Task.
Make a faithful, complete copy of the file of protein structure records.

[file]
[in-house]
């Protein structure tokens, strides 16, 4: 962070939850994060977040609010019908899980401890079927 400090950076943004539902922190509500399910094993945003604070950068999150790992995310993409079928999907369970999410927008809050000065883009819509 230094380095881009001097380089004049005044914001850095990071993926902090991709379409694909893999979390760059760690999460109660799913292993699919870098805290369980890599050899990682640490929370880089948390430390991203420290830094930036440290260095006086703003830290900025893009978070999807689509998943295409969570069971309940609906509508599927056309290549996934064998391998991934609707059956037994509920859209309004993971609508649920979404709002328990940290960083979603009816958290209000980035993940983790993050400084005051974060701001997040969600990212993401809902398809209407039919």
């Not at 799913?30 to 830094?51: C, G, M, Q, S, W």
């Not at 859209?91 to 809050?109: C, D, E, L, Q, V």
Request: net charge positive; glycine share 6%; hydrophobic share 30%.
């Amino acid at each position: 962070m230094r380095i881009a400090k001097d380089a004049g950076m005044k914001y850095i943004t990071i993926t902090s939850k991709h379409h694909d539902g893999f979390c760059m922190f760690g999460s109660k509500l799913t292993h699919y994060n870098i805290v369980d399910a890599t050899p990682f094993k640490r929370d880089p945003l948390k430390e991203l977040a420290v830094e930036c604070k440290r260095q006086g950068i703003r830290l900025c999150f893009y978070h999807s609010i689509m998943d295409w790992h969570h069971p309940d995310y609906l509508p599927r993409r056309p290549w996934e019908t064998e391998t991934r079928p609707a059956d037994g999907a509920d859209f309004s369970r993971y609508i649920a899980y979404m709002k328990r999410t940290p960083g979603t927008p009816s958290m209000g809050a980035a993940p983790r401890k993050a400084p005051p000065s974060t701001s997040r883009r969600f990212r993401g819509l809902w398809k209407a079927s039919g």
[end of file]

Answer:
[in-house]
């Protein structure tokens, strides 16, 4: 962070939850994060977040609010019908899980401890079927 400090950076943004539902922190509500399910094993945003604070950068999150790992995310993409079928999907369970999410927008809050000065883009819509 230094380095881009001097380089004049005044914001850095990071993926902090991709379409694909893999979390760059760690999460109660799913292993699919870098805290369980890599050899990682640490929370880089948390430390991203420290830094930036440290260095006086703003830290900025893009978070999807689509998943295409969570069971309940609906509508599927056309290549996934064998391998991934609707059956037994509920859209309004993971609508649920979404709002328990940290960083979603009816958290209000980035993940983790993050400084005051974060701001997040969600990212993401809902398809209407039919």
């Not at 799913?30 to 830094?51: C, G, M, Q, S, W």
């Not at 859209?91 to 809050?109: C, D, E, L, Q, V």
Request: net charge positive; glycine share 6%; hydrophobic share 30%.
């Amino acid at each position: 962070m230094r380095i881009a400090k001097d380089a004049g950076m005044k914001y850095i943004t990071i993926t902090s939850k991709h379409h694909d539902g893999f979390c760059m922190f760690g999460s109660k509500l799913t292993h699919y994060n870098i805290v369980d399910a890599t050899p990682f094993k640490r929370d880089p945003l948390k430390e991203l977040a420290v830094e930036c604070k440290r260095q006086g950068i703003r830290l900025c999150f893009y978070h999807s609010i689509m998943d295409w790992h969570h069971p309940d995310y609906l509508p599927r993409r056309p290549w996934e019908t064998e391998t991934r079928p609707a059956d037994g999907a509920d859209f309004s369970r993971y609508i649920a899980y979404m709002k328990r999410t940290p960083g979603t927008p009816s958290m209000g809050a980035a993940p983790r401890k993050a400084p005051p000065s974060t701001s997040r883009r969600f990212r993401g819509l809902w398809k209407a079927s039919g």